Pretty quickly, my stack was dominant, and everyone else at the table watched me win pot after pot after pot, and at a certain point, the blinds were so small relative to my stack that it was cheap for me to see any flop. At that point, I could play mediocre cards and maybe the flop would hit them and I’d have the best hand and win, or if not I could just as well bully everyone off the pot by betting big enough that they couldn’t call unless they had a monster hand. A pot-sized bet was “throwaway money” to me, but a significant percentage of anyone else’s stack. And a few times when someone did try to stand up, they got beat.

I ended up finishing 2nd, because when it went to heads-up I ended up getting beat in all-in showdowns 3 times in a row, on hands where I had really good cards but just not good enough. Three bad beats in a row, and suddenly my opponent had turned the tables on me, and knocked me out.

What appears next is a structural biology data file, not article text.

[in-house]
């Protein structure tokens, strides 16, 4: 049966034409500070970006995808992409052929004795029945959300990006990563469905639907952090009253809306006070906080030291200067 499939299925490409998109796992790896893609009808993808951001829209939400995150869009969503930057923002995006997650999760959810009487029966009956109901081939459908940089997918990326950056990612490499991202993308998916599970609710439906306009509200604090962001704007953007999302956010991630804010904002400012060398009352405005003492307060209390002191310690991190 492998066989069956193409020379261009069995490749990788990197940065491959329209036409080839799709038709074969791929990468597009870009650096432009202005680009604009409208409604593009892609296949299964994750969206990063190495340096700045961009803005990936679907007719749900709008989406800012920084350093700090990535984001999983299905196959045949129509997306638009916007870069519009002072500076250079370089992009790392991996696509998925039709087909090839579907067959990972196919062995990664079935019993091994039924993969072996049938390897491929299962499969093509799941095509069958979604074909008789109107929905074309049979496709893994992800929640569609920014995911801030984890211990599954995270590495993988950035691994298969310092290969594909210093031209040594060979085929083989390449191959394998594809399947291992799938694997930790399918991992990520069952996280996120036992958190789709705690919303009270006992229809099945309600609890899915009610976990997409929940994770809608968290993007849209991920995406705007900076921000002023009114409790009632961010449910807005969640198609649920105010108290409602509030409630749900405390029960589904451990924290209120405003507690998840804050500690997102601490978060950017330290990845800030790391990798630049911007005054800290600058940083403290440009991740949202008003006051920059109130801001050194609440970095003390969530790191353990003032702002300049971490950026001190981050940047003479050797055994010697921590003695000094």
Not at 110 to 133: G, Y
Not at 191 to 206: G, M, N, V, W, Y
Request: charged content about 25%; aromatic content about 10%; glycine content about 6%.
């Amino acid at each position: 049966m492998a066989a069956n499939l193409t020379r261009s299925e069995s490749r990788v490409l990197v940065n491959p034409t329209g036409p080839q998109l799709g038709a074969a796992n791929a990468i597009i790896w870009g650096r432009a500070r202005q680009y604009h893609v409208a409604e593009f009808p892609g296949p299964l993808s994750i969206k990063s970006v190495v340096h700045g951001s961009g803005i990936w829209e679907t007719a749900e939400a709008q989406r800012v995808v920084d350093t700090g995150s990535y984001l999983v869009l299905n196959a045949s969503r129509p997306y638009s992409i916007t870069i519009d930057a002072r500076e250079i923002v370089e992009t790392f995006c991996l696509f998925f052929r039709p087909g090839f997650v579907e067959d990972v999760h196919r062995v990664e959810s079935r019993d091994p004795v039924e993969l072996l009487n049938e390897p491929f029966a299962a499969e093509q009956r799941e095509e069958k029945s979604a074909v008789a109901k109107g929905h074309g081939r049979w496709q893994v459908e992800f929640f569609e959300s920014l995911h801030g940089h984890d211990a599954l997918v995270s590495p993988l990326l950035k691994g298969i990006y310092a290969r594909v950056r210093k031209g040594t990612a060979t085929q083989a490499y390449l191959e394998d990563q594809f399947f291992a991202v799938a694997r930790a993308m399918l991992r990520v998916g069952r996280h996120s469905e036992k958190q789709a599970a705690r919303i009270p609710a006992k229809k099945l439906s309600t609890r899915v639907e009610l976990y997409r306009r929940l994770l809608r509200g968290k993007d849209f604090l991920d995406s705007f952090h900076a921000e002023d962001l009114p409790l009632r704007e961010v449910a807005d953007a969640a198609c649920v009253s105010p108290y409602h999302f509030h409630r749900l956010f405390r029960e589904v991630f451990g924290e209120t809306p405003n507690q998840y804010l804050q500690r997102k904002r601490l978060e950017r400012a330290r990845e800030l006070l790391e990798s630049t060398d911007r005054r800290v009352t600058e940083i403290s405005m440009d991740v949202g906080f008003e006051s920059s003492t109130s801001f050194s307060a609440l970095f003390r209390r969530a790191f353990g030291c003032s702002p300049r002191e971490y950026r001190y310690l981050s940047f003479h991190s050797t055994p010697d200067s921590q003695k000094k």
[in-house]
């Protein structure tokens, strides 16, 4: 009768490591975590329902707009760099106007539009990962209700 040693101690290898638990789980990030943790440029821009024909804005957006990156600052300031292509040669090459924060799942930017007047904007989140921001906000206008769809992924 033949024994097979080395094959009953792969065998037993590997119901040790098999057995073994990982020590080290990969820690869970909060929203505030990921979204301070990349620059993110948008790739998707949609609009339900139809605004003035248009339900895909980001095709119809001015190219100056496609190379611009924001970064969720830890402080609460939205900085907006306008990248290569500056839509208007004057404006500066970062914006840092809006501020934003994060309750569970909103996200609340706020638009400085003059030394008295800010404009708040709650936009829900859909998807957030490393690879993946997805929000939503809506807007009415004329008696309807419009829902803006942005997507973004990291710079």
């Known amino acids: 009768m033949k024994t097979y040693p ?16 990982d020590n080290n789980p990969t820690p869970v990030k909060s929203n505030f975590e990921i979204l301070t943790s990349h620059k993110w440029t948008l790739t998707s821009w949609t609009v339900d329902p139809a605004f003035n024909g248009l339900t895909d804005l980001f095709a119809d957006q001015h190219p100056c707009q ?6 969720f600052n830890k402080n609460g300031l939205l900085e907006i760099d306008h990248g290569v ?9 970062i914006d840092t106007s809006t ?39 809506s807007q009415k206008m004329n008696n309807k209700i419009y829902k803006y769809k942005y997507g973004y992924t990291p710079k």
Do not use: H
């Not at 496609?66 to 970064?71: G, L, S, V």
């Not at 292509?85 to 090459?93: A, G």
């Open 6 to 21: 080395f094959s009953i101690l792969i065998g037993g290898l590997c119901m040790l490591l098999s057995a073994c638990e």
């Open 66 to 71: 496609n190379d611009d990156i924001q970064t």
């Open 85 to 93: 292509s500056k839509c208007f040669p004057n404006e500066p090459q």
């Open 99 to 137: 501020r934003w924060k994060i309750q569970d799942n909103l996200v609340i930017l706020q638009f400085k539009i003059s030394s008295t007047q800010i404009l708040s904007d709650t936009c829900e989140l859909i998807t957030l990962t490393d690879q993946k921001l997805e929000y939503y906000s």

After that SNG ended, my play was just off. I couldn’t win, and went through 2 days of futility, playing more and more tables trying to figure out what I was doing wrong, and burned through 700k of chips. Early on, I went through a cold streak where I was getting nothing but rags, and had to fold a lot, and then the few times I got playable starting cards, I would get beat in a close showdown. I found I couldn’t bluff, every time I tried, I’d get called/raised, or beat.

I ended up taking a week off, and came back, and now my play is more or less back to normal, and I’m back to winning about as frequently as I had been before that hot streak.

I think when you look at the behavior of gambling addicts, this is a familiar and common pattern – an initial win streak precipitates a massive losing streak, which gets worse as the gambler tries to win back his losses, taking bigger and bigger risks, playing further and further from ideal strategy, and ends up in deep trouble.

I don’t think good players do this.